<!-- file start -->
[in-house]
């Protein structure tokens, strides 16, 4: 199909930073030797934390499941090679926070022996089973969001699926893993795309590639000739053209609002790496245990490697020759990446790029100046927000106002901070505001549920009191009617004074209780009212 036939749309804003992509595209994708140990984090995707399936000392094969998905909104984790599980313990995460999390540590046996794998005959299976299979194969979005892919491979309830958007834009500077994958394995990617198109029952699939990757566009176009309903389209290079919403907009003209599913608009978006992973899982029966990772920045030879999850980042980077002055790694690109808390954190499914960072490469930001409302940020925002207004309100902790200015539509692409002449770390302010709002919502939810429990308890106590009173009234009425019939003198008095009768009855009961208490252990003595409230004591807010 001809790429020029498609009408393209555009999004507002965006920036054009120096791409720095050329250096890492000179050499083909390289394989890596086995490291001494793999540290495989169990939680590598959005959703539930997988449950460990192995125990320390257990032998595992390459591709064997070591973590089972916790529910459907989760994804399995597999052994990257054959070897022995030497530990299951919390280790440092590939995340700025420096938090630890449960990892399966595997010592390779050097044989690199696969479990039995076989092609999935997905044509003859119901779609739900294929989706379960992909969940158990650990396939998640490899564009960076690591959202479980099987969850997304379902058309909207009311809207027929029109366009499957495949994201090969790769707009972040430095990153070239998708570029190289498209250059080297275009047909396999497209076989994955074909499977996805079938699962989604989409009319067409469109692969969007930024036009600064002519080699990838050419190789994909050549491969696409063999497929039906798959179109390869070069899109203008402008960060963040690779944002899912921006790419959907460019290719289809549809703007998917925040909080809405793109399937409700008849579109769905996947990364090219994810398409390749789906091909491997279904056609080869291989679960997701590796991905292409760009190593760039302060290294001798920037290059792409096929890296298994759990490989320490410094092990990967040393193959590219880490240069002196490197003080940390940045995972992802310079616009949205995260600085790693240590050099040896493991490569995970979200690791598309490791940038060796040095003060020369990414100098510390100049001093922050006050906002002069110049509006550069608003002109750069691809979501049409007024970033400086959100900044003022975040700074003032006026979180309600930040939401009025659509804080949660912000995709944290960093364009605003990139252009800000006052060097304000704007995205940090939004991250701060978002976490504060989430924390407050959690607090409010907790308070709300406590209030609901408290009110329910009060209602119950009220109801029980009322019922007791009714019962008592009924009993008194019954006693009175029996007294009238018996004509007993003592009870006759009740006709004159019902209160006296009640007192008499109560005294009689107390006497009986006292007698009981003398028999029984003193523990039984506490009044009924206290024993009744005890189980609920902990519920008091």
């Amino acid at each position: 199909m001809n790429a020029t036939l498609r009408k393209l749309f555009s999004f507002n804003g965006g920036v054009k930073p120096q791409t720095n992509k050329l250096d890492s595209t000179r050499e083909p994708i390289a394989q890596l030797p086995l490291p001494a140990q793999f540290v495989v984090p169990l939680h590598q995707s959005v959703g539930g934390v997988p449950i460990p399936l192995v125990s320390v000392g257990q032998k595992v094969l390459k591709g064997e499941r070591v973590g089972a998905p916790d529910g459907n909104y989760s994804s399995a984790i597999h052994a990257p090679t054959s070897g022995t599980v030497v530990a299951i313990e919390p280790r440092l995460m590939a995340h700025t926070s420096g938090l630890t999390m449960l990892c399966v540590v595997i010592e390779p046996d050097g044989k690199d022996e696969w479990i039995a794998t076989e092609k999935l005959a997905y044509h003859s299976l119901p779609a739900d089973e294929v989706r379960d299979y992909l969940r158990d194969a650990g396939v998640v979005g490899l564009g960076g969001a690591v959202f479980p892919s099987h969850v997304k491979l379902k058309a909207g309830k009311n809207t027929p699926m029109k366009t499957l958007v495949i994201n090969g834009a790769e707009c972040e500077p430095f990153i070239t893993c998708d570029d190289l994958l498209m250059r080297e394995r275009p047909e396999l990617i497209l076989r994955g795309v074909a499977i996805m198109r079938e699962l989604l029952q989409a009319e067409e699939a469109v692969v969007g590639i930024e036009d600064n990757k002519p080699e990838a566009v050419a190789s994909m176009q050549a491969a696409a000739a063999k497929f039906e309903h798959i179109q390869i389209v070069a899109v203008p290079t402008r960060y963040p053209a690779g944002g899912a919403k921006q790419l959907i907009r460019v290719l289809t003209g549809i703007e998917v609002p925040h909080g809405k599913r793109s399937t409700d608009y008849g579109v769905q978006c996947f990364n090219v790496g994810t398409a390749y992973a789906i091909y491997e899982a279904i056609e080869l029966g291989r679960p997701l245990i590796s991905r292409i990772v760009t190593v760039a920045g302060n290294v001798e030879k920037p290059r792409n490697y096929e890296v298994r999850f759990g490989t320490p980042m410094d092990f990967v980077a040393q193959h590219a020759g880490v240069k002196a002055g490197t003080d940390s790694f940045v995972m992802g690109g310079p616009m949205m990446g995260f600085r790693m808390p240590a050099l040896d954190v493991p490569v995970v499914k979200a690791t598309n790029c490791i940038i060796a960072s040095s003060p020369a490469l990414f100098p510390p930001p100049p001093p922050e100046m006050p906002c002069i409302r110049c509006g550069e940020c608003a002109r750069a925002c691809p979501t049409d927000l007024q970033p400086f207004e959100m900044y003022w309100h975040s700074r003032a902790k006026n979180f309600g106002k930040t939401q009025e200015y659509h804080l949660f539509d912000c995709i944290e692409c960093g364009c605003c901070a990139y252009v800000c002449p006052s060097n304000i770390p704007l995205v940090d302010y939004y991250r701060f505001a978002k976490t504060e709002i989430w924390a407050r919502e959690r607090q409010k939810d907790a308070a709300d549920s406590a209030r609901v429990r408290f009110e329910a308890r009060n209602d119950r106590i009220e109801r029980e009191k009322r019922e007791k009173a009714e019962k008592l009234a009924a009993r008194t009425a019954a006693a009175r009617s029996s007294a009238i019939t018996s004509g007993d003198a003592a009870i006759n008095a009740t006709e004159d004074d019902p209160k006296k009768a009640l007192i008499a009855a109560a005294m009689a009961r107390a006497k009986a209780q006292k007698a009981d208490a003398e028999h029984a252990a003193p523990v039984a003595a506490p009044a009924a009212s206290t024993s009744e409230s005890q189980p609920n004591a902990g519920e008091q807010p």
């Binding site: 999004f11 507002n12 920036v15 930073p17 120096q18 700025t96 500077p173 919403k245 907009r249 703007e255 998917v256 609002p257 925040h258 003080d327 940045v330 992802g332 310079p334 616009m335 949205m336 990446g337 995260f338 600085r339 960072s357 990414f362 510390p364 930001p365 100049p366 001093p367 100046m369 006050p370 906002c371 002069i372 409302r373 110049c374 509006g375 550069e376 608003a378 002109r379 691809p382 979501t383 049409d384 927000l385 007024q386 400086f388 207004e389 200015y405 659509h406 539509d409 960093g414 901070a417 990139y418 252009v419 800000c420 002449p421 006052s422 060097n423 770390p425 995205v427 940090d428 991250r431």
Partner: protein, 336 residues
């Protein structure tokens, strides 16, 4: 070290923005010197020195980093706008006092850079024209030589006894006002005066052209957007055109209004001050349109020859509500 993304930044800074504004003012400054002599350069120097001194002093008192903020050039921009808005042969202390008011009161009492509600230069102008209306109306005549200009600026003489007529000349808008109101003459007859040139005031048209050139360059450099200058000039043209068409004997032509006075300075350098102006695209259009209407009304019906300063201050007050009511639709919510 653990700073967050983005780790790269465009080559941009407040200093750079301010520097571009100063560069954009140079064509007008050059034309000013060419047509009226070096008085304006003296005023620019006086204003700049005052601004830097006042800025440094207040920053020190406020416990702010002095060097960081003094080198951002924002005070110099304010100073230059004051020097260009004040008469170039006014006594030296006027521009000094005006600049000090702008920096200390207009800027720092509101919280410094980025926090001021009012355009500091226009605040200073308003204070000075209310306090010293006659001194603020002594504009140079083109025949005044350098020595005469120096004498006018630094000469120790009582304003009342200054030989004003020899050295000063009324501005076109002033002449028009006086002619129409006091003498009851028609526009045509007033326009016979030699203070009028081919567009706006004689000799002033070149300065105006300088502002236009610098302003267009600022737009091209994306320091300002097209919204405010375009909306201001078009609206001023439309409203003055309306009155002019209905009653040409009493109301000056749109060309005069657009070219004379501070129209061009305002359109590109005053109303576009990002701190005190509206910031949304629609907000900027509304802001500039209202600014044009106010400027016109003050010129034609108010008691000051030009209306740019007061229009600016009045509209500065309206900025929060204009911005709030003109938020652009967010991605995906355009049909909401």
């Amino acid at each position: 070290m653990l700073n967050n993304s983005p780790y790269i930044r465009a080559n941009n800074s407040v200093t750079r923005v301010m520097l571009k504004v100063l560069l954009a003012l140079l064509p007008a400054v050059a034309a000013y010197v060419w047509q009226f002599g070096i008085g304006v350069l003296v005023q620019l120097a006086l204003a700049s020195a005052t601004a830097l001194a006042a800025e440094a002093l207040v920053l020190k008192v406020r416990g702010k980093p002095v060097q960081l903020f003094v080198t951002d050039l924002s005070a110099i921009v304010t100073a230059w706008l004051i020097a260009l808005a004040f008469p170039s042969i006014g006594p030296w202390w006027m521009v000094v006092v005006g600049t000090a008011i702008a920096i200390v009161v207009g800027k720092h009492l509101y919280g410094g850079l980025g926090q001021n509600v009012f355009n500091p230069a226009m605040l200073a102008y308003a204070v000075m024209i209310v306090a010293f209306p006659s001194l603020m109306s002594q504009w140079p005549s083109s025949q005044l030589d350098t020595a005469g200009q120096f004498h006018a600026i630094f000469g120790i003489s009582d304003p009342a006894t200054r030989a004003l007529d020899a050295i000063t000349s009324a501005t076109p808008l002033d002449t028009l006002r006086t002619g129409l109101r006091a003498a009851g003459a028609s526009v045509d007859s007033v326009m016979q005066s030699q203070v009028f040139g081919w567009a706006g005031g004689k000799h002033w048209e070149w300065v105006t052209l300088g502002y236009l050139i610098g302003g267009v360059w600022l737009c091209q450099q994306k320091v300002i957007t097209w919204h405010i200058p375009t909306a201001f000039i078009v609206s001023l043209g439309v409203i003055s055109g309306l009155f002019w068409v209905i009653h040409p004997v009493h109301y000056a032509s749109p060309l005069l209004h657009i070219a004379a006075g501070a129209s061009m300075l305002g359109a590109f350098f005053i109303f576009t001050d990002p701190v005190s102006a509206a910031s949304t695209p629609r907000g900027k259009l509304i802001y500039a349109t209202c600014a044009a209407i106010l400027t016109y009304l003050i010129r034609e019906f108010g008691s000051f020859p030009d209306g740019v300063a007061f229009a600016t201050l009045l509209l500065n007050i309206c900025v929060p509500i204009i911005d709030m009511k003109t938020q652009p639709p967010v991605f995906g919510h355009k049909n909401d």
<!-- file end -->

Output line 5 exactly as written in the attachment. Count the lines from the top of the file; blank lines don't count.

Partner: protein, 336 residues